Dear John,

      I do not know if your comment is serious, but I do know there is a certain, easy to understand, response that might be of help to the readers of this hub.

      Salvation does not come by paying tithes or protecting girls living in a dangerous, unscriptural occupation. Salvation is found in sole trust in Jesus Christ as your Savior and LORD. (I have other articles which explain this in more detail).

      When we do accept Christ in this manner, we do our best to pattern our lives with Him as LORD and the Bible as our guide. There are many ups and downs in this journey of faith, and we often fail miserably.

      However, we keep trying and over time, we mature and grow in Him. You mentioned being a "sinner." This tells me you are friend of God. Jesus came to save sinners. Everyone who is saved is/was once a sinner.

      1Ti 1:15 This is a faithful saying, and worthy of all acceptation, that Christ Jesus came into the world to save sinners; of whom I am chief.

      We can all blame circumstances for our failings, but it is better to come to Christ "just as we are without blame." He loves us all!

      For God so loved the world, that he gave his only begotten Son, that whosoever believeth in him should not perish, but have everlasting life. For God sent not his Son into the world to condemn the world; but that the world through him might be saved. (Joh 3:16-17)

    • profile image

      John 8 years ago

      Dear pastor, I am a pimp not by birth but bcs of the circumstances. I make money and i give tithes also. I help the girls and i give them proper protection. Tell me what am i? a sinner ? am i doing a right thing? Give me an answer on rahul.girls@rocketmail.com. Give me an answer which i can clearly understand.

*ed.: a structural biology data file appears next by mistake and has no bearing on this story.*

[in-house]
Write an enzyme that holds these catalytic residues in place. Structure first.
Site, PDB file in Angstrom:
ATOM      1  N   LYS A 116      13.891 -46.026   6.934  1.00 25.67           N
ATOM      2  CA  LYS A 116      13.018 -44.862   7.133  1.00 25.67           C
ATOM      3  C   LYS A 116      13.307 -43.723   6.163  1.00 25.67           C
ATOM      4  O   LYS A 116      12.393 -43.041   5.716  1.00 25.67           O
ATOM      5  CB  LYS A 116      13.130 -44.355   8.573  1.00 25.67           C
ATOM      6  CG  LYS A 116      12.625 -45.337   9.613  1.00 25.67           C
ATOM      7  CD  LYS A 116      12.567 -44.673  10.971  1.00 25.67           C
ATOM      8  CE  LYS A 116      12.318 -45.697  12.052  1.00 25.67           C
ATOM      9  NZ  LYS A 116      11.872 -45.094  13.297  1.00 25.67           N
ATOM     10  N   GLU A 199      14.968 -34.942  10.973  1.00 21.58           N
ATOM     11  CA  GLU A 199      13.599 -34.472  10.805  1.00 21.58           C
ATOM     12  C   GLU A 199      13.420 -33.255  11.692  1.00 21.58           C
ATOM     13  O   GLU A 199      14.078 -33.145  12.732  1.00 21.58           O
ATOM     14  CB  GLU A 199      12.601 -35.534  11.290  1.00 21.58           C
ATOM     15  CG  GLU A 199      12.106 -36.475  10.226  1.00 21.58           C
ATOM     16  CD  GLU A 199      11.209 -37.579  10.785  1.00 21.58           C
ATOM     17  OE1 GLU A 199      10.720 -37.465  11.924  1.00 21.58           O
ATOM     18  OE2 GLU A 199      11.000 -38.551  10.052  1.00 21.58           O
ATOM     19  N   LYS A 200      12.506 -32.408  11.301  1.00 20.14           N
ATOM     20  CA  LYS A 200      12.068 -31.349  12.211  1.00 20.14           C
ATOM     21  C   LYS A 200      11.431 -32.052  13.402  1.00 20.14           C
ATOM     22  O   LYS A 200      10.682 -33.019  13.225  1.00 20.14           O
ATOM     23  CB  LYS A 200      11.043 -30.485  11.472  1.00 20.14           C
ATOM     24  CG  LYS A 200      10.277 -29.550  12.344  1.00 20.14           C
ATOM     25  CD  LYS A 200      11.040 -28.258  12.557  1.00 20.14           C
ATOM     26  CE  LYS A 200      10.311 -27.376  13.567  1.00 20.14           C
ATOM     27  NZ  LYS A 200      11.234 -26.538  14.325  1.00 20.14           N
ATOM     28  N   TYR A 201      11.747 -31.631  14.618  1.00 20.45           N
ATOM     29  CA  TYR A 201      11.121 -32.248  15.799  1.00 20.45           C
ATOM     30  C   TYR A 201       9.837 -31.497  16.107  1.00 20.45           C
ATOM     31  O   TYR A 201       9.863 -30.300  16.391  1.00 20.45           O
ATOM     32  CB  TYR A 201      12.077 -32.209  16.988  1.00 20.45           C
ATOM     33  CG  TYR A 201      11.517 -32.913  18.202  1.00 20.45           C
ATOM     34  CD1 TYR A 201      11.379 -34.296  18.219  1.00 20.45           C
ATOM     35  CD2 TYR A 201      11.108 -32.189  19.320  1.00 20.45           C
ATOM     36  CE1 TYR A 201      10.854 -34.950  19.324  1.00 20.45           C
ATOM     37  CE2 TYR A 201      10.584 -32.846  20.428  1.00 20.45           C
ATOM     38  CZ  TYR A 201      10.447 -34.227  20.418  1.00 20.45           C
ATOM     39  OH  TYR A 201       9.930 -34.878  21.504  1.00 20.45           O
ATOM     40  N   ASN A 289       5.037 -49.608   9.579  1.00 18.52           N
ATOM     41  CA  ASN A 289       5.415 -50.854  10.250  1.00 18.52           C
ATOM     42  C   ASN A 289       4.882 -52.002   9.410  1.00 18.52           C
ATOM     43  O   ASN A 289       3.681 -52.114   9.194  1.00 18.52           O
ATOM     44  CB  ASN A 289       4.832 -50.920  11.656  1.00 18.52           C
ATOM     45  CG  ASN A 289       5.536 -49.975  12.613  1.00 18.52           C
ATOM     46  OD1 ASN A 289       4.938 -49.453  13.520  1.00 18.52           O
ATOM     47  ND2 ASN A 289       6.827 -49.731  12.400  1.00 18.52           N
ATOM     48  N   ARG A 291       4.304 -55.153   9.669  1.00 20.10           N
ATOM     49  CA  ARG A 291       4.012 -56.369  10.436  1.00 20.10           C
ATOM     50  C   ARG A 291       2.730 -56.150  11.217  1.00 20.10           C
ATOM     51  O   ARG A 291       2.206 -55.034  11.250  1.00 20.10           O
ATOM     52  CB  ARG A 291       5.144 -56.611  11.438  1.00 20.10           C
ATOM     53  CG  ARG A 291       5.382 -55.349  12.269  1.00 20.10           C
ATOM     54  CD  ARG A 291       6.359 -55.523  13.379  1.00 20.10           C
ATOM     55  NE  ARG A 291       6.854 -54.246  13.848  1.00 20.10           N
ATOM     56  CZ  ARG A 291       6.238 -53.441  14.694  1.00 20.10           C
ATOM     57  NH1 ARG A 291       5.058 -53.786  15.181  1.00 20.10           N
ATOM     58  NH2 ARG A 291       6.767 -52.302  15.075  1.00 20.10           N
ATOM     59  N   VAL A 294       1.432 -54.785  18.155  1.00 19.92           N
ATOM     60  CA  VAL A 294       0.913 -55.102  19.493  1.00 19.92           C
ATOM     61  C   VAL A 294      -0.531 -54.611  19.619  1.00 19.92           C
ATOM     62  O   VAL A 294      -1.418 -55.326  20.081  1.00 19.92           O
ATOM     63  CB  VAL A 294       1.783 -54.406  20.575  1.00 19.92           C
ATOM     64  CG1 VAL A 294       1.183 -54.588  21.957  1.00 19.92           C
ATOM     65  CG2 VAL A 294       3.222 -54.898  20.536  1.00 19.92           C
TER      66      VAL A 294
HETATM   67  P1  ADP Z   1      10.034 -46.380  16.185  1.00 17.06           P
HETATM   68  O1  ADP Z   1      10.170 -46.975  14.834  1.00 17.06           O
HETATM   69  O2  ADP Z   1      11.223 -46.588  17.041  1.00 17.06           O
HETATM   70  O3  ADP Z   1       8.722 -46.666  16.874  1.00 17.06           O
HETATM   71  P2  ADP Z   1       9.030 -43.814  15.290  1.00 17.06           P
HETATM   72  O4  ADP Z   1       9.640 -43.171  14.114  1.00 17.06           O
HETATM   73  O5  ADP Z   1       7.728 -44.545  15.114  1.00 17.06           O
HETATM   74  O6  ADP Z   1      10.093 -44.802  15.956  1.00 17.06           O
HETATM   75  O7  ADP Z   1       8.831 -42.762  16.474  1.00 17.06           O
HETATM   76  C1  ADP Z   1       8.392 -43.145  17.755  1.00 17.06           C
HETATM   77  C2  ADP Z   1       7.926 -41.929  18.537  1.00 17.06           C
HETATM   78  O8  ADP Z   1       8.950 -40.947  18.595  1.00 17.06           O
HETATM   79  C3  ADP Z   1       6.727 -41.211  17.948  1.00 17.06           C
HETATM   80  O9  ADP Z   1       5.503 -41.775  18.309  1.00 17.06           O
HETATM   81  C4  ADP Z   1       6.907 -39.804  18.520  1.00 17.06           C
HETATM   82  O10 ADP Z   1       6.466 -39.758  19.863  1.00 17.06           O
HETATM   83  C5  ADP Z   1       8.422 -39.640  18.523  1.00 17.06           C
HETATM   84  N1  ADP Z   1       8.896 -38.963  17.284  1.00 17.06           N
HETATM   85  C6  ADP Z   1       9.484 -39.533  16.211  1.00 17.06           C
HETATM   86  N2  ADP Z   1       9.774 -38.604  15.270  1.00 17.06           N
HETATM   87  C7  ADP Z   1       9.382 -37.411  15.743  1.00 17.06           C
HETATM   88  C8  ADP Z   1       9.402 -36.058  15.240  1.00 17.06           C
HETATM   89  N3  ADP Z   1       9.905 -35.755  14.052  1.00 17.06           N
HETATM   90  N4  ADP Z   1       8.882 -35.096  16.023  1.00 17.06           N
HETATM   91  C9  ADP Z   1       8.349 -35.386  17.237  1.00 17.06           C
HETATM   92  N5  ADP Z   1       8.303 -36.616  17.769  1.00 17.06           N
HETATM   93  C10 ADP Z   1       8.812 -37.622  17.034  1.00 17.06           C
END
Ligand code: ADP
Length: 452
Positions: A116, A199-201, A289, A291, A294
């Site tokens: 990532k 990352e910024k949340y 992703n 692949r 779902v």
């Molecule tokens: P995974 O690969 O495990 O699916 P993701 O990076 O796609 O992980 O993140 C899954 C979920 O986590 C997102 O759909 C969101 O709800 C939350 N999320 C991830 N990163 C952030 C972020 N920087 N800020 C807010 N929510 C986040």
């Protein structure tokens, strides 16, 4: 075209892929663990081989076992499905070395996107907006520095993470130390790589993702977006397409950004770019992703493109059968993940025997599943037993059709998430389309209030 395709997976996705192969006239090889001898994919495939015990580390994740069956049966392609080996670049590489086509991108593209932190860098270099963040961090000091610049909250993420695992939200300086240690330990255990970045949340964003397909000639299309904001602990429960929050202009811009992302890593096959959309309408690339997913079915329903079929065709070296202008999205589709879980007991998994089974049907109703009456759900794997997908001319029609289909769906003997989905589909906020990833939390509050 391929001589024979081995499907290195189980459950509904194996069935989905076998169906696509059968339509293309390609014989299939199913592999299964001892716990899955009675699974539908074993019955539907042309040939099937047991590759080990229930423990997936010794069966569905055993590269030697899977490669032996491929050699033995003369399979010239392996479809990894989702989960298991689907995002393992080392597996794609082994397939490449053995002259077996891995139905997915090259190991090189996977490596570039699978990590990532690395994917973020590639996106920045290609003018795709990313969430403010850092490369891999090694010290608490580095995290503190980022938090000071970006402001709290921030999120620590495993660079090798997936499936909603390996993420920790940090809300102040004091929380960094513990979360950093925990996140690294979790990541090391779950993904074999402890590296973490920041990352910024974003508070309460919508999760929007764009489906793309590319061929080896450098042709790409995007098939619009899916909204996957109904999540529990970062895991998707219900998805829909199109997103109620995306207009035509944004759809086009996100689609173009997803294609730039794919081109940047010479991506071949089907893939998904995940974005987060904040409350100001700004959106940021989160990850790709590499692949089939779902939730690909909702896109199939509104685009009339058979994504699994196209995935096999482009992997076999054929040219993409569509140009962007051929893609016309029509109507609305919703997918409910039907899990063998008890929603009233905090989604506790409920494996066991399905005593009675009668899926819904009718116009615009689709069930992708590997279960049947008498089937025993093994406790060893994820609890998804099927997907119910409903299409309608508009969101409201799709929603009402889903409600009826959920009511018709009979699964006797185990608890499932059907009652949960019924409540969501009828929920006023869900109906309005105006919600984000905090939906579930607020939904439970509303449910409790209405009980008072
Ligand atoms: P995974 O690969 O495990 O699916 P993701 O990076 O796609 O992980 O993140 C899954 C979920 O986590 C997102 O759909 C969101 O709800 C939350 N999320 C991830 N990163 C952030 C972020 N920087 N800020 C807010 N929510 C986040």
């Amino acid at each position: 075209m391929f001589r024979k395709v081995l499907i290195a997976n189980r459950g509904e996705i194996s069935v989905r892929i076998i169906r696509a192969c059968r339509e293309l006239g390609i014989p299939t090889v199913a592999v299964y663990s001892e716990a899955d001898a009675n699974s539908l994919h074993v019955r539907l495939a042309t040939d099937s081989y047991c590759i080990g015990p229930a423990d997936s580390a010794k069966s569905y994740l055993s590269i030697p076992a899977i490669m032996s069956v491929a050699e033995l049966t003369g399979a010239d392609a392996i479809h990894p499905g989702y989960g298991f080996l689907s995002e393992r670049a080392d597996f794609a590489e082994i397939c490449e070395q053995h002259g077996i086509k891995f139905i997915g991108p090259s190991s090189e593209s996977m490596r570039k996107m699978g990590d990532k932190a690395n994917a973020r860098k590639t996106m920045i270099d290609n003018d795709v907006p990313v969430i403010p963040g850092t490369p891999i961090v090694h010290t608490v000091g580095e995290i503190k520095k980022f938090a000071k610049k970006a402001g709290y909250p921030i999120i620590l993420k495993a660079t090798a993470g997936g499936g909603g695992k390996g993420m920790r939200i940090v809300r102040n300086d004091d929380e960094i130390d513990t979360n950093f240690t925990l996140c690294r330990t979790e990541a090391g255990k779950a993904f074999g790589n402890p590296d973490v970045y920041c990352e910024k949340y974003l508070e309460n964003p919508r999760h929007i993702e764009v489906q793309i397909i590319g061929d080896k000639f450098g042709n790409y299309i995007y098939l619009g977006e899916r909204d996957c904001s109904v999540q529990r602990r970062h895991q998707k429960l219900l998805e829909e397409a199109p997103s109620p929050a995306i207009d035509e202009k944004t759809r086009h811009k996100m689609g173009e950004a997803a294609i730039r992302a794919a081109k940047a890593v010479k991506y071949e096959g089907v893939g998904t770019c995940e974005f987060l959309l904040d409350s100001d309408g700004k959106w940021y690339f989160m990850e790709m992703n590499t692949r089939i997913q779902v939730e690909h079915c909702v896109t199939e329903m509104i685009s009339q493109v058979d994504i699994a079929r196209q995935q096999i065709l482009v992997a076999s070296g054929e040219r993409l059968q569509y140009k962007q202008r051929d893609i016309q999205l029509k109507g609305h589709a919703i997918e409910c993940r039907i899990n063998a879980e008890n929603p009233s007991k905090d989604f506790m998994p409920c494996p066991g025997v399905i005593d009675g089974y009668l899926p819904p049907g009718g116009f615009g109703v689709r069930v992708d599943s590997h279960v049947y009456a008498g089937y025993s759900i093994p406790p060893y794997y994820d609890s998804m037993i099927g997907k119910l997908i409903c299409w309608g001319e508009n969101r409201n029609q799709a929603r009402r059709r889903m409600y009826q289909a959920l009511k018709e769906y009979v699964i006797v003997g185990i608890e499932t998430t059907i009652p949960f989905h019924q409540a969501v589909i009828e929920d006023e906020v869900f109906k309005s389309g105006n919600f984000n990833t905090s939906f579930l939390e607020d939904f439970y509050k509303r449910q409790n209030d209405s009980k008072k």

• Pastor_Walt profile image
      Author

      Pastor_Walt 8 years ago from Jefferson City, Tennessee

      Dear Pastor Earls;

      I thank you for your comments, but I am not under a test here. I give (or try to give) my tithes, offerings and alms to the limit I feel God desires me to give. I have and will always try to do this. The Lord loves a cheerful giver.

      However, my stewardship requires me follow what I feel is God's leadership in where and how I give. There are always more needs than my fixed retirement income can respond to, and I MUST take care of my own household as well. My priorities are thus:

      1. God first2. Family second3. My Church family third4. Other alms as the Holy Spirit directs me.

      If I am under a 'test', it is not from an outside source, but from within. I will give you my prayers, and if I feel the Lord's guidance and have more information maybe something else.

      One of my ongoing prayers is that God will allow me to invest more into His kingdom. I am a poor rich man!

      May God bless you.

    • profile image

      Pastor Jeff Earls 8 years ago

      OK I will test you on this sir. My wife and I have great need. We are about to be tossed out on the streets and all so called Christian friends have ran and made excses about helping. Are you too going to make excuses or shall you answer the call to help a Brother and sister in Christ? My email is pastorikm@innkeeperministry.com I also am on your twitter. The test begins now!